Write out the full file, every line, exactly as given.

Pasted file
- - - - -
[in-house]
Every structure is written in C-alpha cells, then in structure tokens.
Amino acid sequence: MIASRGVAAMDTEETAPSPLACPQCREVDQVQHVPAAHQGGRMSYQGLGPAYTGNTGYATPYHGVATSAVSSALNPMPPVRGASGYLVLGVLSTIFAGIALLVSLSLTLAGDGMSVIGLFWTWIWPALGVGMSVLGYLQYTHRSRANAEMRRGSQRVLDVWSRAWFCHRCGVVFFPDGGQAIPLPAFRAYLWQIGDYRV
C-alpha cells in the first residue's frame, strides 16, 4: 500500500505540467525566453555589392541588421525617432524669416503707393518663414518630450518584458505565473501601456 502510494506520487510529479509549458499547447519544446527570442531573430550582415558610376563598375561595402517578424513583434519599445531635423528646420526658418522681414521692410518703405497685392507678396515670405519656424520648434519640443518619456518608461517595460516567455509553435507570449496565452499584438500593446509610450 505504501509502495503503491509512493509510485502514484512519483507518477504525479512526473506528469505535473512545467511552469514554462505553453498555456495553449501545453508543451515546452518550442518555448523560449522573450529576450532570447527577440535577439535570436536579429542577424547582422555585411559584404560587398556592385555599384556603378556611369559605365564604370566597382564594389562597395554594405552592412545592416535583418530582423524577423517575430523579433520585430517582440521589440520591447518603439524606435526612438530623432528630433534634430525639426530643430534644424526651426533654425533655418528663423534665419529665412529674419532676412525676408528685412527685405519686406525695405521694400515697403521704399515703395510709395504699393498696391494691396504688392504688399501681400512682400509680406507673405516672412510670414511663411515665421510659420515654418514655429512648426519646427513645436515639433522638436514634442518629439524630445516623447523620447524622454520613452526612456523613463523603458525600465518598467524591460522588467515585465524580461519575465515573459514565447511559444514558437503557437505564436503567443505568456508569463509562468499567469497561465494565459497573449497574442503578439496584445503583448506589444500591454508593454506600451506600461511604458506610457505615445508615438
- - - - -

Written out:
[in-house]
Every structure is written in C-alpha cells, then in structure tokens.
Amino acid sequence: MIASRGVAAMDTEETAPSPLACPQCREVDQVQHVPAAHQGGRMSYQGLGPAYTGNTGYATPYHGVATSAVSSALNPMPPVRGASGYLVLGVLSTIFAGIALLVSLSLTLAGDGMSVIGLFWTWIWPALGVGMSVLGYLQYTHRSRANAEMRRGSQRVLDVWSRAWFCHRCGVVFFPDGGQAIPLPAFRAYLWQIGDYRV
C-alpha cells in the first residue's frame, strides 16, 4: 500500500505540467525566453555589392541588421525617432524669416503707393518663414518630450518584458505565473501601456 502510494506520487510529479509549458499547447519544446527570442531573430550582415558610376563598375561595402517578424513583434519599445531635423528646420526658418522681414521692410518703405497685392507678396515670405519656424520648434519640443518619456518608461517595460516567455509553435507570449496565452499584438500593446509610450 505504501509502495503503491509512493509510485502514484512519483507518477504525479512526473506528469505535473512545467511552469514554462505553453498555456495553449501545453508543451515546452518550442518555448523560449522573450529576450532570447527577440535577439535570436536579429542577424547582422555585411559584404560587398556592385555599384556603378556611369559605365564604370566597382564594389562597395554594405552592412545592416535583418530582423524577423517575430523579433520585430517582440521589440520591447518603439524606435526612438530623432528630433534634430525639426530643430534644424526651426533654425533655418528663423534665419529665412529674419532676412525676408528685412527685405519686406525695405521694400515697403521704399515703395510709395504699393498696391494691396504688392504688399501681400512682400509680406507673405516672412510670414511663411515665421510659420515654418514655429512648426519646427513645436515639433522638436514634442518629439524630445516623447523620447524622454520613452526612456523613463523603458525600465518598467524591460522588467515585465524580461519575465515573459514565447511559444514558437503557437505564436503567443505568456508569463509562468499567469497561465494565459497573449497574442503578439496584445503583448506589444500591454508593454506600451506600461511604458506610457505615445508615438